The 3rd individual event started with the opening ceremonies, and just like in the Olympics, it began with a procession of nations — in this case the 17 regions. The teams filed through the stadium behind their flags to cheers and screams from the crowd. Then the individual competitors arrived, followed by previous years’ individual winners.
The 1st heat of the women’s competition started immediately after the national anthem, sung with a country twang by former SEAL Chris Irwin.
Cheryl Brost easily won the opening heat with a time of 8:50, more than 2 minutes ahead of second-place finisher Jamie Gold. Lindsay Valenzuela didn’t seem to know how to use her legs on the rope climb and fell behind to finish 3rd in her heat with a time of 12:01.
In the 2nd heat, 40-year-old Amanda Allen from Australia took an early lead, but powerful Katie Hogan overtook her on the heavy clean and jerks to win the heat with a time of 8:09. Amanda finished second in 8:10. A huge cheer erupted from the crown as Annie Sakamoto, one of the original Nasty Girls, finished in 9:57.
Amy Dracup tied with Deborah Cordner with a time of 8:02. Amy’s strategy was to “stay calm and don’t stop moving.” On the rope climb she made a point to not look up and see how much farther she had to go. “I wanted to keep moving at a pace where I didn’t fail,” she said.
Things got fast in the final heat, with Iceland’s Annie Thorisdottir taking an early lead, easily climbing the rope and rocking through the clean and jerks without letting go of the barbell.
“My strategy was to try to do the rope climb by touching and jumping,” Annie said. She was not concerned about the clean and jerk, because “those are light weights for me.”
Julie Foucher almost caught up to Annie, but Annie’s touch-and-go speed on the clean and jerks gave her a wider lead. As Foucher came close, Annie pulled ahead.
“I felt good through the whole workout, and I knew I could go even faster,” Annie said.
Annie won the event with a time of 6:54, and Kristan Clever finished in 2nd with a time of 7:19. She was followed very closely by Foucher, who finished in 7:19.3, putting her in 1st place at the end of day 1.
In the first men’s heat, Spencer Hendel started off with a commanding lead, but Ben Stoneberg pulled ahead to finish with a time of 6:03, while Hendel struggled with the final clean and jerk.
“My shoulders were shot,” he said. He attempted the final lift, 225 lb., three times and finished in 6:51.
Jeremy Kinnick fought to get the 225 clean and jerk, with Nick Urankar and Neal Maddox cheering him on. Kinnick cleaned it on his knees, then finally got it up to finish with a time of 9:10.
“My pulling strength is not that good,” he said, “I was just tired. The workout was easy, and then it got really hard.”
He was frustrated with his performance, but “my wife had a baby on Tuesday, so it’s been a good week,” he said.
Joseph Weigel led through most of that heat, until the final sets, when Zach Forrest and Armand McCormick caught up. Forrest destroyed the second heat with at time of 5:27.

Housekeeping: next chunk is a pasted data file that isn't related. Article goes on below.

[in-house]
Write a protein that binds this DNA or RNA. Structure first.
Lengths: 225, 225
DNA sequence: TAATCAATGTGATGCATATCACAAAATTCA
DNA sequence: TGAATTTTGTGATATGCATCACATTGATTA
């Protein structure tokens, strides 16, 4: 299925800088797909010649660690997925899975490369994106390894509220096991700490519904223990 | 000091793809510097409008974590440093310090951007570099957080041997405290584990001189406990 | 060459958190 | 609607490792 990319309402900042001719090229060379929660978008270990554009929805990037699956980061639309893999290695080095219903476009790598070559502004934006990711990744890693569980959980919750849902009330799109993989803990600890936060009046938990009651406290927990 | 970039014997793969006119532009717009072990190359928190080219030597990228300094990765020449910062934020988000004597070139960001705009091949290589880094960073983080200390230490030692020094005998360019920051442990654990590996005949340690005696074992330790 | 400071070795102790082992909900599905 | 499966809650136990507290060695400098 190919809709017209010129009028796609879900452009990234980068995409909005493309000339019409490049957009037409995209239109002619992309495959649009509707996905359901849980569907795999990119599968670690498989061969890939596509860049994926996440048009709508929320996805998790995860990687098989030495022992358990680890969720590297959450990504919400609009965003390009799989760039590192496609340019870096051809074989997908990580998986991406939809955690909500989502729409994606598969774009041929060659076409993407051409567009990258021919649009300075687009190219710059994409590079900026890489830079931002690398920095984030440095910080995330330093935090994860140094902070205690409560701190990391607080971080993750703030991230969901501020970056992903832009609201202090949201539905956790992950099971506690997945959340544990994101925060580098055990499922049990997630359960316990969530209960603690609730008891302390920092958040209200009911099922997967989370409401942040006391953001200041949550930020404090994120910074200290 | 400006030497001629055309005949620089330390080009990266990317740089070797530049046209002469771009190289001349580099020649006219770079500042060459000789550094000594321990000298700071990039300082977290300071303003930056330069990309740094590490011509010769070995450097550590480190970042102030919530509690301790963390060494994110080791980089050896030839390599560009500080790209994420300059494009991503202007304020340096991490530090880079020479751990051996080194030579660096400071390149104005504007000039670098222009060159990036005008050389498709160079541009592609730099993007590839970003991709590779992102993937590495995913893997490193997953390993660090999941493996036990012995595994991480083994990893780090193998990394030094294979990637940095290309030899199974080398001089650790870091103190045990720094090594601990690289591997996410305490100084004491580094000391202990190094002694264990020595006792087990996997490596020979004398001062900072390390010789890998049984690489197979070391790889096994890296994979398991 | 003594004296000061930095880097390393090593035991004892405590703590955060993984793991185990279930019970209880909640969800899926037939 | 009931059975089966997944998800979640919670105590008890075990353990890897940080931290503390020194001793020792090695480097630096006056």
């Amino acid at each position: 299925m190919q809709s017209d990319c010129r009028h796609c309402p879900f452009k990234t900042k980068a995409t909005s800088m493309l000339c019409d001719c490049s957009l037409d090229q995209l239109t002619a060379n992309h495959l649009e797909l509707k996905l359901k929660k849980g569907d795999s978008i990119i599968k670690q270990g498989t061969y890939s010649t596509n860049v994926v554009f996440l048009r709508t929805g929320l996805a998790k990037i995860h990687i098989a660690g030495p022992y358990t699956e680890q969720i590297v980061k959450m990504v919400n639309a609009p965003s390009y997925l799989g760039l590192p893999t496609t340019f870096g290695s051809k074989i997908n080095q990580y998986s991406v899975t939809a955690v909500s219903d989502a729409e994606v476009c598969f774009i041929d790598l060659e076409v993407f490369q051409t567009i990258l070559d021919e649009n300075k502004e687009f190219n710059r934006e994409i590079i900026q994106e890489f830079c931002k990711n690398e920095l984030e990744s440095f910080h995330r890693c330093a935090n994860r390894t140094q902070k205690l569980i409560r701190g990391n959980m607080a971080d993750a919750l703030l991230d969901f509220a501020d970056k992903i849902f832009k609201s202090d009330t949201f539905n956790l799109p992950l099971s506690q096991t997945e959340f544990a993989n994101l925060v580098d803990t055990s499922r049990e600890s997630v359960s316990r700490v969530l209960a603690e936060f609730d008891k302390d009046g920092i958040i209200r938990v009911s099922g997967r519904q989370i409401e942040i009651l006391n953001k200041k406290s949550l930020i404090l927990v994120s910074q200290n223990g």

Chase Daniels and Tommy Hackenbruck were neck and neck for most of the 3rd heat, until Chase pulled ahead to win the heat with a time of 5:03. “I knew the weight wasn’t going to be that much of a problem, and I like rope climbs,” Daniels said. His strategy was just “get to the weight, pick it up, and go. My strength is just moderate weight and boom, boom, boom, boom, boom,” he said.
Hackenbruck finished in 5:50.
Danie du Preez, the 42-year-old who started the first African affiliate, kept working even after every other athlete had finished. He worked at the 225-lb. clean and jerk for almost a minute but didn’t manage to finish the workout before the 12-minute cutoff.
Patrick Barber took an early lead in the 4th heat. Zeph Littleton, watching the heat, said, “Pat Barber, I put my money on him. He can climb a rope like a motherfucker.” Barber and Jared Davis were toe to toe, but Davis started to fall behind. Barber, who now lives in New Zealand, was fast up and down the rope to finish in 5:26, followed by Blair Morrison in 5:42. Davis failed three times before he made the final clean and jerk, finishing in 8:24.
The final heat featured some of the biggest names in CrossFit, including defending champ Graham Holmberg, 2008 champ Jason Khalipa, Chris Spealler, Matt Chan, Rich Froning Jr., Dan Bailey, Austin Malleolo, and Josh Bridges. Bridges took an early lead, but then it became a battle between Spealler and Froning.
After his memorable struggle with the rope climbs at the end of the 2010 Games, Rich’s strategy going into the workout was, “Just climb that rope and don’t let it beat me, like last year.”
He worked through the clean and jerk, but said that “225 got a little heavy at the end.”
Spealler was right behind Froning throughout most of the workout.
“I was just really trying to focus on my pace on my own workout, not worry about the other guys,” he said. “(I was) really just working on staying in my head, regardless of the result.”
Spealler came in 3rd with a time of 5:24. He said that he didn’t want the work out to “define me,” but still, he said, “I’m always going to compete to win.”
Froning, his climbing skills on display for all in the same arena where he failed so famously 1 year ago, demolished the rope portion of the event. He was so fast that, even though he had to repeat the last rope climb because he dropped down too early, he finished with a time of 4:56 to win the event.
“I feel great. I want to go to bed. I’m exhausted. I need to get off this emotional high,” he said.
As of press time, the next Individual event has not been announced, though the athletes are due at the Home Depot Center at 7 a.m.
For complete results, visit the Scoreboard.